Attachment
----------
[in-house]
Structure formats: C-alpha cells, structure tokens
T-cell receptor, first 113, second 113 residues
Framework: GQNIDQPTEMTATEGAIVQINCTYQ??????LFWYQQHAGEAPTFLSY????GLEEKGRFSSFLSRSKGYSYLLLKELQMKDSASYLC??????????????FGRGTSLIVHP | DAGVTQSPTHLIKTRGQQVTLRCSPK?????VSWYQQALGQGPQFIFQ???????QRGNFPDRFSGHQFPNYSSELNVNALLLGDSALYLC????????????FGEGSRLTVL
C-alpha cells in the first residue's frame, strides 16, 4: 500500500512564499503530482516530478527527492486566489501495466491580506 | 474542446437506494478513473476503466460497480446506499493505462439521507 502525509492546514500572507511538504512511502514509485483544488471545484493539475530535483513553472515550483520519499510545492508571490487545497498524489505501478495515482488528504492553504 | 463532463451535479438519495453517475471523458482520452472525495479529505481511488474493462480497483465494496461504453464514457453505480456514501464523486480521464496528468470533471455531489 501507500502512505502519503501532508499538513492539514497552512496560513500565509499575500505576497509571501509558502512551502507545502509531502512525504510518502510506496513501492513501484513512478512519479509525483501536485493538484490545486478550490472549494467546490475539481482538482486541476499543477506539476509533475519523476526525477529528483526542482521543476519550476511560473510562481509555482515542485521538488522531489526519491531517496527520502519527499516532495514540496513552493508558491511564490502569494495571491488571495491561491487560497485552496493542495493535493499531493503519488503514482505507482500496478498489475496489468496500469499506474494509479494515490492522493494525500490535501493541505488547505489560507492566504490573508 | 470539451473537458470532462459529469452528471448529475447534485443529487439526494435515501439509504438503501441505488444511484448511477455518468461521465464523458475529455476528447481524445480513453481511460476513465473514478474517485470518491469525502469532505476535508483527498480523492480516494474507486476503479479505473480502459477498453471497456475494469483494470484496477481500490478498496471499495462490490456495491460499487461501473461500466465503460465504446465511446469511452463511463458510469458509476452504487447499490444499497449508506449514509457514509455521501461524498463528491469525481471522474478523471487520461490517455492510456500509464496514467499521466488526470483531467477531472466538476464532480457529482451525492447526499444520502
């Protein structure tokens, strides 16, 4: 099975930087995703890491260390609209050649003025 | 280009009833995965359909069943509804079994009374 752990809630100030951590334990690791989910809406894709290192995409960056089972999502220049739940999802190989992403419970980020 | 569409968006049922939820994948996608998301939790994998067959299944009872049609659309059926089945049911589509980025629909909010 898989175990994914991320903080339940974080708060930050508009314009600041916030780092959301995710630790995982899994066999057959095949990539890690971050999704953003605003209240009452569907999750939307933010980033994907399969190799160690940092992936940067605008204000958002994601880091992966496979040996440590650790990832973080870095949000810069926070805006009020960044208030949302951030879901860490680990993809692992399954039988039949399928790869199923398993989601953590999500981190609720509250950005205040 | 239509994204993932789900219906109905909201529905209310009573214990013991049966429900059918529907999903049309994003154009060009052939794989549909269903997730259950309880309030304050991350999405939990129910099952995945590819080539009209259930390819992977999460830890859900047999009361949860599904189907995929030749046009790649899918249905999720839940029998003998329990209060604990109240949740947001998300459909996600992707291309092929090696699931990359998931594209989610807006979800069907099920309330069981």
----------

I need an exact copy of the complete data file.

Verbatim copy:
[in-house]
Structure formats: C-alpha cells, structure tokens
T-cell receptor, first 113, second 113 residues
Framework: GQNIDQPTEMTATEGAIVQINCTYQ??????LFWYQQHAGEAPTFLSY????GLEEKGRFSSFLSRSKGYSYLLLKELQMKDSASYLC??????????????FGRGTSLIVHP | DAGVTQSPTHLIKTRGQQVTLRCSPK?????VSWYQQALGQGPQFIFQ???????QRGNFPDRFSGHQFPNYSSELNVNALLLGDSALYLC????????????FGEGSRLTVL
C-alpha cells in the first residue's frame, strides 16, 4: 500500500512564499503530482516530478527527492486566489501495466491580506 | 474542446437506494478513473476503466460497480446506499493505462439521507 502525509492546514500572507511538504512511502514509485483544488471545484493539475530535483513553472515550483520519499510545492508571490487545497498524489505501478495515482488528504492553504 | 463532463451535479438519495453517475471523458482520452472525495479529505481511488474493462480497483465494496461504453464514457453505480456514501464523486480521464496528468470533471455531489 501507500502512505502519503501532508499538513492539514497552512496560513500565509499575500505576497509571501509558502512551502507545502509531502512525504510518502510506496513501492513501484513512478512519479509525483501536485493538484490545486478550490472549494467546490475539481482538482486541476499543477506539476509533475519523476526525477529528483526542482521543476519550476511560473510562481509555482515542485521538488522531489526519491531517496527520502519527499516532495514540496513552493508558491511564490502569494495571491488571495491561491487560497485552496493542495493535493499531493503519488503514482505507482500496478498489475496489468496500469499506474494509479494515490492522493494525500490535501493541505488547505489560507492566504490573508 | 470539451473537458470532462459529469452528471448529475447534485443529487439526494435515501439509504438503501441505488444511484448511477455518468461521465464523458475529455476528447481524445480513453481511460476513465473514478474517485470518491469525502469532505476535508483527498480523492480516494474507486476503479479505473480502459477498453471497456475494469483494470484496477481500490478498496471499495462490490456495491460499487461501473461500466465503460465504446465511446469511452463511463458510469458509476452504487447499490444499497449508506449514509457514509455521501461524498463528491469525481471522474478523471487520461490517455492510456500509464496514467499521466488526470483531467477531472466538476464532480457529482451525492447526499444520502
């Protein structure tokens, strides 16, 4: 099975930087995703890491260390609209050649003025 | 280009009833995965359909069943509804079994009374 752990809630100030951590334990690791989910809406894709290192995409960056089972999502220049739940999802190989992403419970980020 | 569409968006049922939820994948996608998301939790994998067959299944009872049609659309059926089945049911589509980025629909909010 898989175990994914991320903080339940974080708060930050508009314009600041916030780092959301995710630790995982899994066999057959095949990539890690971050999704953003605003209240009452569907999750939307933010980033994907399969190799160690940092992936940067605008204000958002994601880091992966496979040996440590650790990832973080870095949000810069926070805006009020960044208030949302951030879901860490680990993809692992399954039988039949399928790869199923398993989601953590999500981190609720509250950005205040 | 239509994204993932789900219906109905909201529905209310009573214990013991049966429900059918529907999903049309994003154009060009052939794989549909269903997730259950309880309030304050991350999405939990129910099952995945590819080539009209259930390819992977999460830890859900047999009361949860599904189907995929030749046009790649899918249905999720839940029998003998329990209060604990109240949740947001998300459909996600992707291309092929090696699931990359998931594209989610807006979800069907099920309330069981």